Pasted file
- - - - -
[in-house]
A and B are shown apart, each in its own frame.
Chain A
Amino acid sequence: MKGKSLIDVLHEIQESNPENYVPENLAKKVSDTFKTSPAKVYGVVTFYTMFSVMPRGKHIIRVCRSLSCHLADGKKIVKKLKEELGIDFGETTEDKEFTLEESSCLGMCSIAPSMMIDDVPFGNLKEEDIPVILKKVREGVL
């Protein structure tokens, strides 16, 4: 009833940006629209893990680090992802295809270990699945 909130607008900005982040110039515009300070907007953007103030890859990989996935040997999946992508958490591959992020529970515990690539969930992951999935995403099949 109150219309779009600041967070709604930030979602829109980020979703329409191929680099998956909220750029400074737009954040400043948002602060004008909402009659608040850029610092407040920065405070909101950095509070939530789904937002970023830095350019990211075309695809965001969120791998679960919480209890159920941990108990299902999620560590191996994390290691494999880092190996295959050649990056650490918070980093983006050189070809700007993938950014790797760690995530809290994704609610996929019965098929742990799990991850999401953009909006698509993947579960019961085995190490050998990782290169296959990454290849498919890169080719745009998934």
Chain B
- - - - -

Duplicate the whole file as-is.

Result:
[in-house]
A and B are shown apart, each in its own frame.
Chain A
Amino acid sequence: MKGKSLIDVLHEIQESNPENYVPENLAKKVSDTFKTSPAKVYGVVTFYTMFSVMPRGKHIIRVCRSLSCHLADGKKIVKKLKEELGIDFGETTEDKEFTLEESSCLGMCSIAPSMMIDDVPFGNLKEEDIPVILKKVREGVL
């Protein structure tokens, strides 16, 4: 009833940006629209893990680090992802295809270990699945 909130607008900005982040110039515009300070907007953007103030890859990989996935040997999946992508958490591959992020529970515990690539969930992951999935995403099949 109150219309779009600041967070709604930030979602829109980020979703329409191929680099998956909220750029400074737009954040400043948002602060004008909402009659608040850029610092407040920065405070909101950095509070939530789904937002970023830095350019990211075309695809965001969120791998679960919480209890159920941990108990299902999620560590191996994390290691494999880092190996295959050649990056650490918070980093983006050189070809700007993938950014790797760690995530809290994704609610996929019965098929742990799990991850999401953009909006698509993947579960019961085995190490050998990782290169296959990454290849498919890169080719745009998934």
Chain B